Dissident republican violence has put paid to plans for the first all-Ireland fleadh to be staged in the city, an Irish traditional music body has claimed.
Comhaltas said it was impossible to support the city’s bid to host the popular music and dance festival because of the danger.
More than 25,000 people would have visited Derry but with so few hotel beds in the North, most would have ended up in Inishowen and in Letterkenny.
The fleadh would have been staged in Derry’s year as UK City of Culture.
There was severe disruption in the city last week after dissident republican terrorists left two bombs that exploded.
The UK City of Culture organisers had been pushing to bring the fleadh to Northern Ireland for the first time ever in 2013.
Comhaltas promotes traditional Irish music and culture around the world. At a meeting of Derry Comhaltas last Wednesday, members voted was 13-1 in favour of the bid.
Some comhaltas members, who initially opposed the move because of the UK link in Derry’s City of Culture 2013 title, did not attend. The bid then went to the Comhaltas Ulster Council to be ratified.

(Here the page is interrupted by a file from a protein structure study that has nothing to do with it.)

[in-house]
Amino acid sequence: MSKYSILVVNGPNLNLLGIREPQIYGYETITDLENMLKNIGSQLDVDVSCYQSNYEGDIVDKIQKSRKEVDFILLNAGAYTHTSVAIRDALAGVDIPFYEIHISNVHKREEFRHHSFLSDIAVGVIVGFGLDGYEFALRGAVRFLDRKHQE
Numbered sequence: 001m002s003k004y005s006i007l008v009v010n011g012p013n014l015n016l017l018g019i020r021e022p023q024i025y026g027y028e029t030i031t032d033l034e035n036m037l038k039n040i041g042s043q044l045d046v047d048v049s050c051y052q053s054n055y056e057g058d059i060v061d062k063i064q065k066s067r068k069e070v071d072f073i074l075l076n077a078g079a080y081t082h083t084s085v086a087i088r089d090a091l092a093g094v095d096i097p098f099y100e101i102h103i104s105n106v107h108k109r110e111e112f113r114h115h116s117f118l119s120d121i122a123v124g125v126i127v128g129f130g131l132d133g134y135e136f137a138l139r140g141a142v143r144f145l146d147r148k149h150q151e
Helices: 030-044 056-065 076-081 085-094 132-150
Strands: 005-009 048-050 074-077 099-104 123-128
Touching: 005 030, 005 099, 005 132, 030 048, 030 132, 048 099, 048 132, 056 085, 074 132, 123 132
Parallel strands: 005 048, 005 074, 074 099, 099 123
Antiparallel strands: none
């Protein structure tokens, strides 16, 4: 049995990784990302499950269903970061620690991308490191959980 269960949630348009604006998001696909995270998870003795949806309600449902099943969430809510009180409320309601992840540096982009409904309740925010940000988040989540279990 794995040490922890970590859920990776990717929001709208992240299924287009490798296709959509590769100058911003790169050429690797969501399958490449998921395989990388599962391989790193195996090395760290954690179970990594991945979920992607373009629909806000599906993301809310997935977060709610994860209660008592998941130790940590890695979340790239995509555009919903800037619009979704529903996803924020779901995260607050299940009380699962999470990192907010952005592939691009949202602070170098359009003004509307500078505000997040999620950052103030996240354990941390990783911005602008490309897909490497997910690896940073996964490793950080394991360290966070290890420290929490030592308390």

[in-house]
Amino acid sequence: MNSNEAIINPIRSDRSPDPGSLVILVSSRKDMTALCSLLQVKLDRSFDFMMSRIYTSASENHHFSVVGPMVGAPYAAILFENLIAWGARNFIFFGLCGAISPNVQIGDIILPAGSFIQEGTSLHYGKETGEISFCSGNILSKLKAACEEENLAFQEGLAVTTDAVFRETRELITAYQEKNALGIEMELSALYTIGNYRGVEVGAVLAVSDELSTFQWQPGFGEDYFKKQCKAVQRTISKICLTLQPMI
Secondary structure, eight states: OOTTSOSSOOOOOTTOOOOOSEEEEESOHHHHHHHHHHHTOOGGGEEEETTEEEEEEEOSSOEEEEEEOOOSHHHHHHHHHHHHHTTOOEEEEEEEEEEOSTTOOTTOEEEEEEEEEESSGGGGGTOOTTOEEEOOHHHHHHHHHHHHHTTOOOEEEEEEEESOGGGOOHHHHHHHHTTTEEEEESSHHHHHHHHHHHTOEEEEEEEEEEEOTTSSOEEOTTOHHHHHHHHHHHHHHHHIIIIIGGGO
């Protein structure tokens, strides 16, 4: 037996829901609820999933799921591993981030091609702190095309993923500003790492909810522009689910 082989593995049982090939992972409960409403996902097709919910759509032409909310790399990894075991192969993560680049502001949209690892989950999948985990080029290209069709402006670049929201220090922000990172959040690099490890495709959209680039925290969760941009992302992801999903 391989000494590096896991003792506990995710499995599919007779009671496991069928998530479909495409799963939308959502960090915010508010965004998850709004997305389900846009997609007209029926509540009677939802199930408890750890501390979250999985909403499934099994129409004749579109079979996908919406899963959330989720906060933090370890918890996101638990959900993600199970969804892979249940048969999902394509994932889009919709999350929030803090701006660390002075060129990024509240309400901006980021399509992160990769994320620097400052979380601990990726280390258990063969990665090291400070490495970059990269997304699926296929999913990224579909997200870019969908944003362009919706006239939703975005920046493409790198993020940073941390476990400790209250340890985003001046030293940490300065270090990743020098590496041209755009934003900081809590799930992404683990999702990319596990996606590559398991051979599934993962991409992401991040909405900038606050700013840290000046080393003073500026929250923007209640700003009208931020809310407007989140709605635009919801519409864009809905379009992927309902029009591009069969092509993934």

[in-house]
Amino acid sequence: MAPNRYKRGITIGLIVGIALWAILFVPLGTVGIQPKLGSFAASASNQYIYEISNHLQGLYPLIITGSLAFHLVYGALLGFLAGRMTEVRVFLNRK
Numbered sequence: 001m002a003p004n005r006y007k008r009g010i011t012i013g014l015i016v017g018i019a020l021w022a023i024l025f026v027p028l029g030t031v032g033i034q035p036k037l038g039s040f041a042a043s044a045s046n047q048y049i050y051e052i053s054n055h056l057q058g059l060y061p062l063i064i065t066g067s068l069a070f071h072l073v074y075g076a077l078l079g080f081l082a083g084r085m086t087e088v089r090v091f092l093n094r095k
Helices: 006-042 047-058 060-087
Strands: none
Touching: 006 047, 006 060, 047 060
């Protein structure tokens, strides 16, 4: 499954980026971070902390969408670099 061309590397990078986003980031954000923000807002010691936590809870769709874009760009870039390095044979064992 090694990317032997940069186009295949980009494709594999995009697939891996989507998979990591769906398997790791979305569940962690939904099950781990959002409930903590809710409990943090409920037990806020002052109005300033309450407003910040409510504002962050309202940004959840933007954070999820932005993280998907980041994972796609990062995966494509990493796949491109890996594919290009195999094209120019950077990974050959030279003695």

It said that with “deep regret and long consideration”, it was turning down the bid because safety was paramount.
Chairman of the Derry County Board, Brendan Molloy said no members of the local branches attended that meeting and he was shocked when he heard the decision.
“I got a text on my phone to say: ‘Sorry the bid didn’t go through this time’,” he said.
“A statement was emailed to me from a Comhaltas employee. It did not come from a member of the Ulster Council.
“Up until a few days ago we were going to go to that meeting and we had requested that the branch come to put the bid forward. We were told that was not necessary.
“I am shocked, totally and utterly.”
An investigation into the meeting which took the decision is now underway.